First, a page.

Why is it important to know about leprosy well (Marathi)

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Many false beliefs about leprosy are still widespread in many communities. People diagnosed with leprosy are wrongly rejected, excluded or refused to participate in social life, in religious festivals or other activities. Sometimes even a divorce is wrongly considered as acceptable for this reason.

This leads to a great fear of the disease and people may try to hide when she or he detects first signs or is diagnosed with leprosy.

This affects especially girls or women. They often do not have the same access to education like men have and are dependent. This creates fear in them that that the disease will lower their social worth and they will be abandoned from the family or will have less opportunity to get a job and will be affected by poverty.

Also, girls and women are often ignored when they are developing first signs.

All this is very dangerous. As a consequence, the person does not get the full treatment or starts treatment late and the disease may already have developed and caused long-term damages by the time treatment is sought.

Also, the disease can be transmitted and infect other people around.

With these false beliefs persons affected with leprosy also have to handle a lot of mental issues. They still have to face discrimination, social rejection or exclusion and the person starts to believe that she or he isn’t worthy. She or he moves away from taking care of her – or himself and to protect the body from further damage. This reduces the effectiveness of the treatment and as a result, it can lead to body impairments.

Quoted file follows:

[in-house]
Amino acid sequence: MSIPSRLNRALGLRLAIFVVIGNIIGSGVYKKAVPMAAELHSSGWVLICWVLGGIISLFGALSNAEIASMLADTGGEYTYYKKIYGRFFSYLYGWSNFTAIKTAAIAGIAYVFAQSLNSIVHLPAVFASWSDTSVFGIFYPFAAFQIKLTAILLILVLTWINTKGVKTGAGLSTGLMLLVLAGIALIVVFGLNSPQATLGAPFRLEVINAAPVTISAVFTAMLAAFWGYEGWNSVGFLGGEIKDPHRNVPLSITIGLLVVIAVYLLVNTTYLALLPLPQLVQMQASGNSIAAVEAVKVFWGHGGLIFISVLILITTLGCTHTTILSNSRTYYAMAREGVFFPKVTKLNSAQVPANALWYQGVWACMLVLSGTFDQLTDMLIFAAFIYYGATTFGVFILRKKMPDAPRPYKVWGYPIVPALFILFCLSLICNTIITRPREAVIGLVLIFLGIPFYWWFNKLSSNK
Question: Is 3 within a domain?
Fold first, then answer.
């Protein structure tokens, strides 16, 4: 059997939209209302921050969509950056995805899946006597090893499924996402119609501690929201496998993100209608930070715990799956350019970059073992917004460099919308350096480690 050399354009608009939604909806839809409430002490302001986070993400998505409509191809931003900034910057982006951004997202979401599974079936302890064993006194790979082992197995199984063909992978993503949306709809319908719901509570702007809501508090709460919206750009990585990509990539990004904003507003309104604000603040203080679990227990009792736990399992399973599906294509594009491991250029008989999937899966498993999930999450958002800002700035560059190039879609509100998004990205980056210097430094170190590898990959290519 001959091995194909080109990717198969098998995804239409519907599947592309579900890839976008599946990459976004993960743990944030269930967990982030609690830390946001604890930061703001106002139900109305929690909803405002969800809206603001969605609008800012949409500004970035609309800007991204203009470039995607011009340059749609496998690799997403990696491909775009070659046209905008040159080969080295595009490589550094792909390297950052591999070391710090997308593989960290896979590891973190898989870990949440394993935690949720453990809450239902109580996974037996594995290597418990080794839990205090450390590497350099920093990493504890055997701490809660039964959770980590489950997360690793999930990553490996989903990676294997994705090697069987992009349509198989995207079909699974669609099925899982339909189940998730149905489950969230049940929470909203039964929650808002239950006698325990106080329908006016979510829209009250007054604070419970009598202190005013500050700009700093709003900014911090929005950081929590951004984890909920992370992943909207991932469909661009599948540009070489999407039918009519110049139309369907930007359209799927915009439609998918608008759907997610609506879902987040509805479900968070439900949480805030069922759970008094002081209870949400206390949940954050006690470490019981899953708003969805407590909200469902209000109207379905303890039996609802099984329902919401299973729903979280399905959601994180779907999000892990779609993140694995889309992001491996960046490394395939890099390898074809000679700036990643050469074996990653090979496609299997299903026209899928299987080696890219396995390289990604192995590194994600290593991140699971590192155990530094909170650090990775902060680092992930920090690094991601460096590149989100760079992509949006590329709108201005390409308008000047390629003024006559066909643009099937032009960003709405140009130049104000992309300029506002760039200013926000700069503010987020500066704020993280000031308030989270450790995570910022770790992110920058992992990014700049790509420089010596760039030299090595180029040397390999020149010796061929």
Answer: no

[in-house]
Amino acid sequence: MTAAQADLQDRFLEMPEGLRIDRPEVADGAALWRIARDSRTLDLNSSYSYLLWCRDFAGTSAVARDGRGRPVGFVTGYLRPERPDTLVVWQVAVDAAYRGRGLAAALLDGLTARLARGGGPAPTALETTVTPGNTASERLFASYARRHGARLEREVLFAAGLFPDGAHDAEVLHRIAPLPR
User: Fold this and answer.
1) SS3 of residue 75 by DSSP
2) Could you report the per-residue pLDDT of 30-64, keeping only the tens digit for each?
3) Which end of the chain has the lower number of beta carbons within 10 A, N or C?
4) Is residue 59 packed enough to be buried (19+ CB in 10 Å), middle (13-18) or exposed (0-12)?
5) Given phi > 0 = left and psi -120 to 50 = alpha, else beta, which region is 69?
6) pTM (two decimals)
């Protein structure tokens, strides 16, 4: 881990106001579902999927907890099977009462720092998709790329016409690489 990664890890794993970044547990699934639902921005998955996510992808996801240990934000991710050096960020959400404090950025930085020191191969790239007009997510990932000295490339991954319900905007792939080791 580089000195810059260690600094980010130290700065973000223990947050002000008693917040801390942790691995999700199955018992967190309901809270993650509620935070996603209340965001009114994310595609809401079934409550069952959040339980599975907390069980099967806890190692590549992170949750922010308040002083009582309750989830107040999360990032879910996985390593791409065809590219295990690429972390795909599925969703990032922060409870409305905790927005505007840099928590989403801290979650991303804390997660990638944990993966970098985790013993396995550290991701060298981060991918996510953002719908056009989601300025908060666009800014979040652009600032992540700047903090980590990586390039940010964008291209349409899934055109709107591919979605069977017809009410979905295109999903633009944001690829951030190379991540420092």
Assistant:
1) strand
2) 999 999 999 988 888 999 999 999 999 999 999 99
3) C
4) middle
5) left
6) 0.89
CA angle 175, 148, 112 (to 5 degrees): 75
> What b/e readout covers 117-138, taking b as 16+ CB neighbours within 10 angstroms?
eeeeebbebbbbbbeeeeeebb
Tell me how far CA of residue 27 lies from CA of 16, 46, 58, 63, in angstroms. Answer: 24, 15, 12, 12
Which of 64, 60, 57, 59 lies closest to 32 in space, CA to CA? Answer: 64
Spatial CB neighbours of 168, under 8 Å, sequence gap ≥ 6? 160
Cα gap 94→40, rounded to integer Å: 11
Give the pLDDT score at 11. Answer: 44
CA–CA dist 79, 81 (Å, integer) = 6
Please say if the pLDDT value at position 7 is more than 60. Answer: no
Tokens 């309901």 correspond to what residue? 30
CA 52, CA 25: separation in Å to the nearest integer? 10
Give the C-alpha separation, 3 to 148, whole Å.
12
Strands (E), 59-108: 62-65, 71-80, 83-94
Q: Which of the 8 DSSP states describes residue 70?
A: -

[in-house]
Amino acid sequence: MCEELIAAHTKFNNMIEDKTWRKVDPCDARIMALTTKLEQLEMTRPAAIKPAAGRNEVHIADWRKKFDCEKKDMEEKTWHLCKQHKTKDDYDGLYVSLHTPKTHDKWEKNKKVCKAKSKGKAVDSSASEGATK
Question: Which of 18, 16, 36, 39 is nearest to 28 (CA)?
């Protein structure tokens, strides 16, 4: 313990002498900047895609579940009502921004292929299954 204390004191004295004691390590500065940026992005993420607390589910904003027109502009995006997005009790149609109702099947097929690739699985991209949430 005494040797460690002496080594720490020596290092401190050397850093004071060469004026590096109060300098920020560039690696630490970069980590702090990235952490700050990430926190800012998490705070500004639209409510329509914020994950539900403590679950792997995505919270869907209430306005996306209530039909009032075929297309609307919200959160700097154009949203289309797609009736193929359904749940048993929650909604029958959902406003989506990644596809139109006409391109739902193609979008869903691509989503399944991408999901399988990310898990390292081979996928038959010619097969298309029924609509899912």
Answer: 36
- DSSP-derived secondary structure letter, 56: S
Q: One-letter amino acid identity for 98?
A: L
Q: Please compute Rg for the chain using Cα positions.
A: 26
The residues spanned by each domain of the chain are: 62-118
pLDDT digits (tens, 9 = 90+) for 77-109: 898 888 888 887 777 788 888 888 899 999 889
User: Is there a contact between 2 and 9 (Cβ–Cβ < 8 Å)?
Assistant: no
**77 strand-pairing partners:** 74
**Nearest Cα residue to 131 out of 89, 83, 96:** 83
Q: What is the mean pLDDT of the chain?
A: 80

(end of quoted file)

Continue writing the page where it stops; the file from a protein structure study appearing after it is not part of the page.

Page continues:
Also, owing to false beliefs about disabilities, the person affected has to face rejection and this may reduce her or his chances of getting a job or getting married. It can lead to poverty and exclusion as well and can cause mental health conditions, like depression, anxiety or suicidal thoughts. This makes it even more difficult to care for the body and sometimes this can lead to self-harming behavior.

All this can be avoided if everybody has correct information about leprosy, its transmission and the treatment, and instead of excluding her or him, support the person affected by leprosy.

If you empower yourself in the community to detect the early signs, everybody who is infected can start the treatment early. This way, the person can recover completely and will have no impairments of the body. The person will not be excluded from the community and is not affected by poverty and then there is no need to fear the disease.

  • German Leprosy and Tuberculosis Relief Association - www.dahw.de